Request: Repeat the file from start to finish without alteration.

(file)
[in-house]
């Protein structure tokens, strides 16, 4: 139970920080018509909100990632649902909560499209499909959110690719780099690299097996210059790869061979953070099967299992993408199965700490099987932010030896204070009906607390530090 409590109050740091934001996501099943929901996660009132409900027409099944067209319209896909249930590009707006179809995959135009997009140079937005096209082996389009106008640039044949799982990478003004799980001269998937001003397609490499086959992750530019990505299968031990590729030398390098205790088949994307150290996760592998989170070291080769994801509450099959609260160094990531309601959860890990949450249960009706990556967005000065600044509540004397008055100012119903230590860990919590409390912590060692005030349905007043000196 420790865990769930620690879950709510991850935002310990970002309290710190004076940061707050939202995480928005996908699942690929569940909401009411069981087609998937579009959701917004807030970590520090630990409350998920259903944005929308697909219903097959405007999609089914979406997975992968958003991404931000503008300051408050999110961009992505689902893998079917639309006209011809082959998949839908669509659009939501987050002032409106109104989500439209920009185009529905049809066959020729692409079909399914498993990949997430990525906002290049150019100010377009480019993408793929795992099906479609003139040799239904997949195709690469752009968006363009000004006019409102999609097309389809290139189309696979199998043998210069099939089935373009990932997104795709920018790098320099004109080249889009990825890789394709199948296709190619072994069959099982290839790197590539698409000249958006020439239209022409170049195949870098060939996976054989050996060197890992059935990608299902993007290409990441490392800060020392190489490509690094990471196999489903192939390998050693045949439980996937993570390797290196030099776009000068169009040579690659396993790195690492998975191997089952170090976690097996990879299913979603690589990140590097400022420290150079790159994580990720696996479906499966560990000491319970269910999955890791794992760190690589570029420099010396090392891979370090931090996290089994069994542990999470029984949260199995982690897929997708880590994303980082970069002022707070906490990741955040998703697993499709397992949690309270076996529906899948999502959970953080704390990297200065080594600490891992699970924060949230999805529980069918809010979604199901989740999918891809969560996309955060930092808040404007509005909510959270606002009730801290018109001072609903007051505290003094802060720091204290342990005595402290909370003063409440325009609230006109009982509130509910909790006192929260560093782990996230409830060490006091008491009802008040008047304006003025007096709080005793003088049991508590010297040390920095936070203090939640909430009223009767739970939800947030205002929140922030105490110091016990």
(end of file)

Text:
[in-house]
């Protein structure tokens, strides 16, 4: 139970920080018509909100990632649902909560499209499909959110690719780099690299097996210059790869061979953070099967299992993408199965700490099987932010030896204070009906607390530090 409590109050740091934001996501099943929901996660009132409900027409099944067209319209896909249930590009707006179809995959135009997009140079937005096209082996389009106008640039044949799982990478003004799980001269998937001003397609490499086959992750530019990505299968031990590729030398390098205790088949994307150290996760592998989170070291080769994801509450099959609260160094990531309601959860890990949450249960009706990556967005000065600044509540004397008055100012119903230590860990919590409390912590060692005030349905007043000196 420790865990769930620690879950709510991850935002310990970002309290710190004076940061707050939202995480928005996908699942690929569940909401009411069981087609998937579009959701917004807030970590520090630990409350998920259903944005929308697909219903097959405007999609089914979406997975992968958003991404931000503008300051408050999110961009992505689902893998079917639309006209011809082959998949839908669509659009939501987050002032409106109104989500439209920009185009529905049809066959020729692409079909399914498993990949997430990525906002290049150019100010377009480019993408793929795992099906479609003139040799239904997949195709690469752009968006363009000004006019409102999609097309389809290139189309696979199998043998210069099939089935373009990932997104795709920018790098320099004109080249889009990825890789394709199948296709190619072994069959099982290839790197590539698409000249958006020439239209022409170049195949870098060939996976054989050996060197890992059935990608299902993007290409990441490392800060020392190489490509690094990471196999489903192939390998050693045949439980996937993570390797290196030099776009000068169009040579690659396993790195690492998975191997089952170090976690097996990879299913979603690589990140590097400022420290150079790159994580990720696996479906499966560990000491319970269910999955890791794992760190690589570029420099010396090392891979370090931090996290089994069994542990999470029984949260199995982690897929997708880590994303980082970069002022707070906490990741955040998703697993499709397992949690309270076996529906899948999502959970953080704390990297200065080594600490891992699970924060949230999805529980069918809010979604199901989740999918891809969560996309955060930092808040404007509005909510959270606002009730801290018109001072609903007051505290003094802060720091204290342990005595402290909370003063409440325009609230006109009982509130509910909790006192929260560093782990996230409830060490006091008491009802008040008047304006003025007096709080005793003088049991508590010297040390920095936070203090939640909430009223009767739970939800947030205002929140922030105490110091016990």